Sharing information and promoting earthbag building
Brandon Rogers' earthbag project is located in the eastern region of Ghana near the township of Akosombo on the banks of the Volta River. Two structures are planned for the site and the one described here is a guest house with approximately 1000 sq. ft. for one bedroom, a main space for the living/dining/kitchen areas and a multi-purpose room which will act as studio. The second space will act as the main residence and will be a two bedroom unit with a second floor loft.
Rogers decided to use earth bag building because of its many benefits. The walls are 20 inches thick, meaning they can resist the elements while at the same time cooling and protecting. In fact, Rogers asked a few hunters to shoot the walls with shotguns, and they were proven to be bulletproof.
For the guest house, a wall was built using stone that was harvested from a neighboring mountain. From there, Rogers and his crew cast floor slabs and began the process of filling, sewing, ramping, and hauling the polypropylene sacks into place. The bulk of the walls went up very quickly over approximately a three-week period. The exterior was then plastered with a cement finish to minimize maintenance and then detailed with stone. The result of all of this work is a sturdy house made out of simple bags of earth.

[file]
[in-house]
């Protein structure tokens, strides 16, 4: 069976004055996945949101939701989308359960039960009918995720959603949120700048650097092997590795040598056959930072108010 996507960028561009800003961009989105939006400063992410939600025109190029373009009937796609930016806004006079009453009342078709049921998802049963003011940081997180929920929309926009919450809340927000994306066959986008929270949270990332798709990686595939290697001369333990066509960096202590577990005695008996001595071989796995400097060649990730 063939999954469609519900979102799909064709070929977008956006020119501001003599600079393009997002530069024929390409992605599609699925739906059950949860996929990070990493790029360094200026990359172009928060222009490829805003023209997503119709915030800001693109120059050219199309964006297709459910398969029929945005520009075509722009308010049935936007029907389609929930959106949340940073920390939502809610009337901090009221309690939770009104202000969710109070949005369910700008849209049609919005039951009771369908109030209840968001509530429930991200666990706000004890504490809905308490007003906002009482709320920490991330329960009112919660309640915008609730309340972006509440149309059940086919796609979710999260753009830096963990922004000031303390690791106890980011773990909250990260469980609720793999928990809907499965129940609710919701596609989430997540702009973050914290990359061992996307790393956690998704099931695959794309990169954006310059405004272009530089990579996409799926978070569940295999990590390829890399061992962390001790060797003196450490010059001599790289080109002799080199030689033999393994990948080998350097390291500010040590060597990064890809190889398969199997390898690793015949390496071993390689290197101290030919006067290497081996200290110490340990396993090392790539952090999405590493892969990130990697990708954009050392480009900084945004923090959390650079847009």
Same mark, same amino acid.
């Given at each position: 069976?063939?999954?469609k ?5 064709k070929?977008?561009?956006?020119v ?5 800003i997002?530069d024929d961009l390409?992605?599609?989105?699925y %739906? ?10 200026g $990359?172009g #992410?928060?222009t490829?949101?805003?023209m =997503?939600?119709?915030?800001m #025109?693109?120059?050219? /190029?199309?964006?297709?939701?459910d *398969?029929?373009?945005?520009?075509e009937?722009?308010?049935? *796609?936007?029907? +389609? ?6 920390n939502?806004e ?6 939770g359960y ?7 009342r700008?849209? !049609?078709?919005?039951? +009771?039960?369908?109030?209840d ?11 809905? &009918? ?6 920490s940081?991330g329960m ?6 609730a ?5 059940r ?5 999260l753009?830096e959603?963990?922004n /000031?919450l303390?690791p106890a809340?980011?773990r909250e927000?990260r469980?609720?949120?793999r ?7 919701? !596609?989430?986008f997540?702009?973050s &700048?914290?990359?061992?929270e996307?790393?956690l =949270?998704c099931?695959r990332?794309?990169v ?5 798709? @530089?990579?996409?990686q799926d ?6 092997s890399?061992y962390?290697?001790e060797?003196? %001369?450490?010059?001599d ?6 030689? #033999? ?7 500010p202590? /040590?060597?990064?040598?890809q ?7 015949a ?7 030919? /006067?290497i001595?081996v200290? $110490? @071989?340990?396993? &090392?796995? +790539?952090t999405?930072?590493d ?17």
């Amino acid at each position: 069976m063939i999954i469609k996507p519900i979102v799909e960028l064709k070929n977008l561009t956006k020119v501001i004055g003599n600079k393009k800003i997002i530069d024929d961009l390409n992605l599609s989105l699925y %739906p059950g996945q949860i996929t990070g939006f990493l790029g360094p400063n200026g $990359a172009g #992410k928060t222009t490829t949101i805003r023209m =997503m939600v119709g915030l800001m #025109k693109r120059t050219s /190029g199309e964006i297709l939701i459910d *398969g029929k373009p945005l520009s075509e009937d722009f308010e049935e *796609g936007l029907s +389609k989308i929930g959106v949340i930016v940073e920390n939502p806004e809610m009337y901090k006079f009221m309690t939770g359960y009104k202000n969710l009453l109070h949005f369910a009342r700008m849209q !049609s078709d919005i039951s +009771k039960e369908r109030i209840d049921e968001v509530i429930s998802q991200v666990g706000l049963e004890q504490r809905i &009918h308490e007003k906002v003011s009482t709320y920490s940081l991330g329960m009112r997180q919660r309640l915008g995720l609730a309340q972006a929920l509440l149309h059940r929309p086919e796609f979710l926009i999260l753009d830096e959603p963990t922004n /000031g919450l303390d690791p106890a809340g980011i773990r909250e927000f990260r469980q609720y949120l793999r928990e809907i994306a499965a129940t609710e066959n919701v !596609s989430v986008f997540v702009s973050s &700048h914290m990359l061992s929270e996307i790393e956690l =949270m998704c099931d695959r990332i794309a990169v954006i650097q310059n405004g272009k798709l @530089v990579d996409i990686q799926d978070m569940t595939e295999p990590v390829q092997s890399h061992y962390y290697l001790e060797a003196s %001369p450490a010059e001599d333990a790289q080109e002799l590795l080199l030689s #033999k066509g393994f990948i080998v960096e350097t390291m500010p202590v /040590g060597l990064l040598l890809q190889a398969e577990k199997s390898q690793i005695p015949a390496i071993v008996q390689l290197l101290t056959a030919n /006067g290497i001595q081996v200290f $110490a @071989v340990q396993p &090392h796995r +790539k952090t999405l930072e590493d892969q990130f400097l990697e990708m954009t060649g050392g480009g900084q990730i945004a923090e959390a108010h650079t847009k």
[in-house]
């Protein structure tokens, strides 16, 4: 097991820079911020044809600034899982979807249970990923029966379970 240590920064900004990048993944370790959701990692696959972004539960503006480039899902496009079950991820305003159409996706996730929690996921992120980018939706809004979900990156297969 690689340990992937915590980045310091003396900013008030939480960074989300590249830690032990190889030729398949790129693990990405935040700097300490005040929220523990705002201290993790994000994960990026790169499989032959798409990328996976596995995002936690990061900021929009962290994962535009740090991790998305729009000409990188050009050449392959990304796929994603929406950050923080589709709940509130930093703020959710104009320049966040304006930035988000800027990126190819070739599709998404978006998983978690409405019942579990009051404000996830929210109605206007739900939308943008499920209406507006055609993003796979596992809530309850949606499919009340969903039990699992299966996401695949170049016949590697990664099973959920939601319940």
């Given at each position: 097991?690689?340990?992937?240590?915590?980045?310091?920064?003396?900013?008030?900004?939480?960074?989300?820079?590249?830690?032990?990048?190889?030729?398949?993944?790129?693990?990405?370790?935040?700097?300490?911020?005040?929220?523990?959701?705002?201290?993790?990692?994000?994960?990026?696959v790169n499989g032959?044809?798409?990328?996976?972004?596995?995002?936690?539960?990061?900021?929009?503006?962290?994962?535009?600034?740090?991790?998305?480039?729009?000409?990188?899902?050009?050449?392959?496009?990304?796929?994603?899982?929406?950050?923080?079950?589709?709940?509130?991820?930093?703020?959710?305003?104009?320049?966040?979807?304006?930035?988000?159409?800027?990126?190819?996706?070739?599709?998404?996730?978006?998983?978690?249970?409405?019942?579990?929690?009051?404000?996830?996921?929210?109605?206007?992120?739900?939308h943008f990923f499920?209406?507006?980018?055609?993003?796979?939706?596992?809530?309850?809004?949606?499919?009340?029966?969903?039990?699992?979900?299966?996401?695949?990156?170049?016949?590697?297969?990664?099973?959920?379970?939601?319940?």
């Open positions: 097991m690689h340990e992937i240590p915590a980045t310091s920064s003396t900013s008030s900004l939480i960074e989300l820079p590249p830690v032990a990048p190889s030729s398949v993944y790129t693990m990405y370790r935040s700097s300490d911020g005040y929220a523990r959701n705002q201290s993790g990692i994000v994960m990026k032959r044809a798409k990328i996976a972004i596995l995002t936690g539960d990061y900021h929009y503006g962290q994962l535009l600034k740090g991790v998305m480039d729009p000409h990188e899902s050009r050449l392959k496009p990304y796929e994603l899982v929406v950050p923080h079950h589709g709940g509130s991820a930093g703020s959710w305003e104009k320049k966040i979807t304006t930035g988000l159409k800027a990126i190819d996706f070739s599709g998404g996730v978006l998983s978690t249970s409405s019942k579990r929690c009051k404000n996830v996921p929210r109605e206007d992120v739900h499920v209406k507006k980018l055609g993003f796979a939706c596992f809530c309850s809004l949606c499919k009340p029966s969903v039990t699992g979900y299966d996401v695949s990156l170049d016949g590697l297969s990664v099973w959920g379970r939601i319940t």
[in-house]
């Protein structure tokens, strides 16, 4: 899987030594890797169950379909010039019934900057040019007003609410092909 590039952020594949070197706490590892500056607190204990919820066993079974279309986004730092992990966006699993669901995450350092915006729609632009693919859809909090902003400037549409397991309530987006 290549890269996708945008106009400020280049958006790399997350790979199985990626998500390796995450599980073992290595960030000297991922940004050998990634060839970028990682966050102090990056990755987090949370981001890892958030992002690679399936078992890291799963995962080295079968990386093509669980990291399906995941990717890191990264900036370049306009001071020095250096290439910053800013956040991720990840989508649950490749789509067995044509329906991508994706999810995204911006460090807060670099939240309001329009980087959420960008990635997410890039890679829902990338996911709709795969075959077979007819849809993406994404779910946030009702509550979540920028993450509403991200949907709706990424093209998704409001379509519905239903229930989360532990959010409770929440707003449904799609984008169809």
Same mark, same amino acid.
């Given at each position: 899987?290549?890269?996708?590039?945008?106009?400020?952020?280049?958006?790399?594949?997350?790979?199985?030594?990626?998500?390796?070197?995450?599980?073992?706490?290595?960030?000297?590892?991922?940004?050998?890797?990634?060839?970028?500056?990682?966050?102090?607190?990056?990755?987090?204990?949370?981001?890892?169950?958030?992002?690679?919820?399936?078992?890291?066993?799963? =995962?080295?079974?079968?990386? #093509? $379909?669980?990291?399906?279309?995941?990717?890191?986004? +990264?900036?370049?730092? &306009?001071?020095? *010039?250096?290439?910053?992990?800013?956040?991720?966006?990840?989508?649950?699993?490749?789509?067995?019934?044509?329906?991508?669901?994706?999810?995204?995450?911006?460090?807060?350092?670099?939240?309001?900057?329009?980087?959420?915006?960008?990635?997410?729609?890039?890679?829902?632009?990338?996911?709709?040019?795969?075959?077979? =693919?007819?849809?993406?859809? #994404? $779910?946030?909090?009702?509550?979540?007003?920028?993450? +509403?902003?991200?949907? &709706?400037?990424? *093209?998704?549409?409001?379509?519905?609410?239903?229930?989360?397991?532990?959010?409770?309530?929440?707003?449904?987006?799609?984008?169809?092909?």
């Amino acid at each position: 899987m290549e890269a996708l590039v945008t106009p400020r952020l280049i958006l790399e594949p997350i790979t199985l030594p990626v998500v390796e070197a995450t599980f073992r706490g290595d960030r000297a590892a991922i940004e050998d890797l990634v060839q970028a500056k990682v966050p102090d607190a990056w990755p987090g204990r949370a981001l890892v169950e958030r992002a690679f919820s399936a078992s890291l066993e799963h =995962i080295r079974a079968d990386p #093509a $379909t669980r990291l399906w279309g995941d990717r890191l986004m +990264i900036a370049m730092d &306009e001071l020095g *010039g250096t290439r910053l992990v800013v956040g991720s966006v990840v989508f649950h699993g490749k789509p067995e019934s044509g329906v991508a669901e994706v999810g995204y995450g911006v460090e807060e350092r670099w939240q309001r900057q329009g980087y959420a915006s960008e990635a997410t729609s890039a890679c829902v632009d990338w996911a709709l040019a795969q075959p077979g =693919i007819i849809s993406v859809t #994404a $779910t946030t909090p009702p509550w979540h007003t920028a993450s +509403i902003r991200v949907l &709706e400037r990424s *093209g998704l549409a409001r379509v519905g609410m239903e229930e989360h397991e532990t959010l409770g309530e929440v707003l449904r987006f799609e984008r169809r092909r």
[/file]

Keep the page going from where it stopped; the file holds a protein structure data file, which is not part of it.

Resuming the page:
Brandon is a native of Orlando, Florida, who decided to move to Africa to get some hands on experience building affordable homes after a stint at a design firm in the states. Now, instead of sitting in a cubicle, he spends his time developing affordable housing schemes and putting them into action. He's studied a variety of practical building techniques, and gets fully involved in every stage, enabling him to get a feel for the most sensible approaches.
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